It's the hunt for UK’s favourite wildflower
    Child abuse scandal: Did a botched blackmail attempt by South African intelligence help Cyril Smith escape justice?

    Did a botched blackmail attempt help Cyril Smith escape justice?

    A fresh twist reveals the Liberal MP was targeted by the notorious South African intelligence agency Boss
    Tony Blair joins a strange and exclusive club of political leaders whose careers have been blighted by the Middle East

    Blair has joined a strange and exclusive club

    A new tomb has just gone up in the Middle East's graveyard of US and British political reputations, says Patrick Cockburn
    Election 2015: Meet the top 12 wacky candidates seeking your vote in May

    Election 2015

    Meet the top 12 wacky candidates seeking your vote in May
    Countdown to the election: Operation Save Danny Alexander shifts into high gear as the SNP target his Commons seat

    Operation Save Danny Alexander shifts into high gear

    The Chief Secretary to the Treasury didn’t forget his Highland roots in the Budget. But the SNP is after his Commons seat
    The US economy is under threat because of its neglected infrastructure

    The US is getting frayed at the edges

    Public spending on infrastructure is only half of Europe’s, and some say the nation’s very prosperity is threatened, says Rupert Cornwell
    Mad Men final episodes: Museum exhibition just part of the hoopla greeting end of 1960s-set TV hit

    New Yorkers raise a glass to Mad Men

    A museum exhibition is just part of the hoopla greeting the final run of the 1960s-set TV hit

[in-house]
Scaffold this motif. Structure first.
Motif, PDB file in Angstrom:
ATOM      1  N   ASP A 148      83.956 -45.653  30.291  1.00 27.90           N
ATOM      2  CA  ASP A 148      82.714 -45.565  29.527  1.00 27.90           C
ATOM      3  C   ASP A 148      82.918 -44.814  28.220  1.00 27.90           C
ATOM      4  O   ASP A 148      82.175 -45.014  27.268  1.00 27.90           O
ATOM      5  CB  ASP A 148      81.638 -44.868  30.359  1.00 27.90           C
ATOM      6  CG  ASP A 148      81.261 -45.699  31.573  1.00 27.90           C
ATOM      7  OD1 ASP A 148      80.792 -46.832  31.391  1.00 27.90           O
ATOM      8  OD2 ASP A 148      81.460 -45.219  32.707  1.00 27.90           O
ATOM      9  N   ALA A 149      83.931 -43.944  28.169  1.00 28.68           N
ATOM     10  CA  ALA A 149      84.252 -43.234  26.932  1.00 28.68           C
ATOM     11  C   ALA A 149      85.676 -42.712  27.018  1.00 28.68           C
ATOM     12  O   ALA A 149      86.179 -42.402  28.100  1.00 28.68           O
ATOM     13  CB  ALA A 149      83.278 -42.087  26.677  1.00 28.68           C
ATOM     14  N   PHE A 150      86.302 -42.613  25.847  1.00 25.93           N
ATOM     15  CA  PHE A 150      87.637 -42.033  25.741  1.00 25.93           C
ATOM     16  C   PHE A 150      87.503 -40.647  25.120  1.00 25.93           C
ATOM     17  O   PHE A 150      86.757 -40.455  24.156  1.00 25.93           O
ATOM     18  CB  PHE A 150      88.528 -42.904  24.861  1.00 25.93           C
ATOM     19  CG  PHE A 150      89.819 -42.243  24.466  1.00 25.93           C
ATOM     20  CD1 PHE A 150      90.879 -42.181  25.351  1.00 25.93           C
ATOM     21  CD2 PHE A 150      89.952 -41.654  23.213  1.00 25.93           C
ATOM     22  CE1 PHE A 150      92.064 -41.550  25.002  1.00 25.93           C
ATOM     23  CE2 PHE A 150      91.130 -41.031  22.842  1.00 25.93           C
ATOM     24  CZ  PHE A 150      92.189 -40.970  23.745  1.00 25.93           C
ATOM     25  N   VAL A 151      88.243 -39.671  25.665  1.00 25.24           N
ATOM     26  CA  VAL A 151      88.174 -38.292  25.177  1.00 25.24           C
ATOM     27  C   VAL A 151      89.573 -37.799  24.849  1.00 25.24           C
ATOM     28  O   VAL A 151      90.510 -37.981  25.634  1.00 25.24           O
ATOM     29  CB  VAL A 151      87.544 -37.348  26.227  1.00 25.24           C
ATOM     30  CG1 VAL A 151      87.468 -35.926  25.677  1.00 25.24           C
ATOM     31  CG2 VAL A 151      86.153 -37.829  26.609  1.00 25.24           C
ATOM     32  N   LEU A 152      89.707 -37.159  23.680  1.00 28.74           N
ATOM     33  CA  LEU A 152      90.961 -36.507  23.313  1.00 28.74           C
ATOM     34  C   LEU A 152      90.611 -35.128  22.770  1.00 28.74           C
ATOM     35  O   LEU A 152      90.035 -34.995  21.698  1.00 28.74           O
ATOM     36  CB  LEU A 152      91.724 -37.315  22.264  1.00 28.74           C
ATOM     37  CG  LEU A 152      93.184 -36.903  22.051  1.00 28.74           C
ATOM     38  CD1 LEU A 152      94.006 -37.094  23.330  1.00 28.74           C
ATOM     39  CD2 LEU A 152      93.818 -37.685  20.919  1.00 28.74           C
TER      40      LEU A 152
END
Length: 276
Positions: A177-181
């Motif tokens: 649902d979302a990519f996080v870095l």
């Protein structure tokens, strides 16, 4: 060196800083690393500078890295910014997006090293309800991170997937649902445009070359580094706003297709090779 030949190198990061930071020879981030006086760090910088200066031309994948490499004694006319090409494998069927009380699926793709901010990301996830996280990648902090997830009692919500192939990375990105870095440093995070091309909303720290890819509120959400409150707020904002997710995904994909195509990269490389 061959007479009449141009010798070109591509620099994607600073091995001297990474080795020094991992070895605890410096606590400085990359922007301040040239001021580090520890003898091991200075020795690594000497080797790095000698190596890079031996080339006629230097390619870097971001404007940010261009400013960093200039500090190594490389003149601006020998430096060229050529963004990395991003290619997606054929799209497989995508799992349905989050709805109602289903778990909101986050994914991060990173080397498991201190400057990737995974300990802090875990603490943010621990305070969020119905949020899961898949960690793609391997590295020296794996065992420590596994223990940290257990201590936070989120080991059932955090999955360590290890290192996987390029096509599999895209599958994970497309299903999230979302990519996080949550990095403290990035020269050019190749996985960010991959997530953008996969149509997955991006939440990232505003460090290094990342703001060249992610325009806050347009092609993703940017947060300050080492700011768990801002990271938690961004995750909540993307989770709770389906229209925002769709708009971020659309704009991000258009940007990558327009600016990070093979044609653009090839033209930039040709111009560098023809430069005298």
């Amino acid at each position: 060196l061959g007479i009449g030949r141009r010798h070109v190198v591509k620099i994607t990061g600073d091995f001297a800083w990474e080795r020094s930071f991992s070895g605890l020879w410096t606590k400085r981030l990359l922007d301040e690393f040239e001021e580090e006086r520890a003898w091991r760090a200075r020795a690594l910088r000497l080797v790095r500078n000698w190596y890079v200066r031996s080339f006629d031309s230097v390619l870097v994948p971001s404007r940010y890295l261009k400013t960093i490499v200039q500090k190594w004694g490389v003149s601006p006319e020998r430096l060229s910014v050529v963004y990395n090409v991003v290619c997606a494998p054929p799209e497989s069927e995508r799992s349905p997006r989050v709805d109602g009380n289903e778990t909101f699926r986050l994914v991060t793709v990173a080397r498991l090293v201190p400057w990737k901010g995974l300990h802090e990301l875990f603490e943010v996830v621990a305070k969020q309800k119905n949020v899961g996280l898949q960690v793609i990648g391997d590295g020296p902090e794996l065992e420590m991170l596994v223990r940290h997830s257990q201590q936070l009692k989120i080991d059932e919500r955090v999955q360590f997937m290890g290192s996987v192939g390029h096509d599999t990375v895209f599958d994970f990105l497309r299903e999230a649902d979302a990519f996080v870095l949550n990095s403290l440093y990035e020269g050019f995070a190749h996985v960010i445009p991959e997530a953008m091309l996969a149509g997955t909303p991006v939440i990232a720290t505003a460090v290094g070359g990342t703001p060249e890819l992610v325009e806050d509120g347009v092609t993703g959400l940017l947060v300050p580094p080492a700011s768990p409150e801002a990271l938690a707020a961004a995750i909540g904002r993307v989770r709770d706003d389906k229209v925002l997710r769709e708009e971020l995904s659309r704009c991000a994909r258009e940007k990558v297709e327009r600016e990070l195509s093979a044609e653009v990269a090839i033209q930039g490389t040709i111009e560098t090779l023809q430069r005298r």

Land speed record: British-built hybrid rocket car aims to be the fastest on Earth

    British-built hybrid rocket car aims to be the fastest on Earth

    Bloodhound SSC will attempt to set a new standard in South Africa's Kalahari desert
    Housebuilders go back to basics by using traditional methods and materials

    Housebuilders go back to basics - throwing mud at the wall until it sticks

    Traditional materials are ticking all the construction boxes: they are cheap, green – and anyone can use them
    Daniel Brühl: 'When you have success abroad, you become a traitor. Envy is very German'

    Daniel Brühl: 'Envy is very German'

    He's got stick for his golden acting career and for his beloved restaurant - but Daniel Brühl is staying put in Berlin (where at least the grannies love him)
    How Leica transformed photography for ever: Celebrating 100 years of the famous camera

    Celebrating 100 years of Leica

    A new book reveals how this elegant, lightweight box of tricks would transform the way we saw life on the street and in fashion, on the battlefield and across the world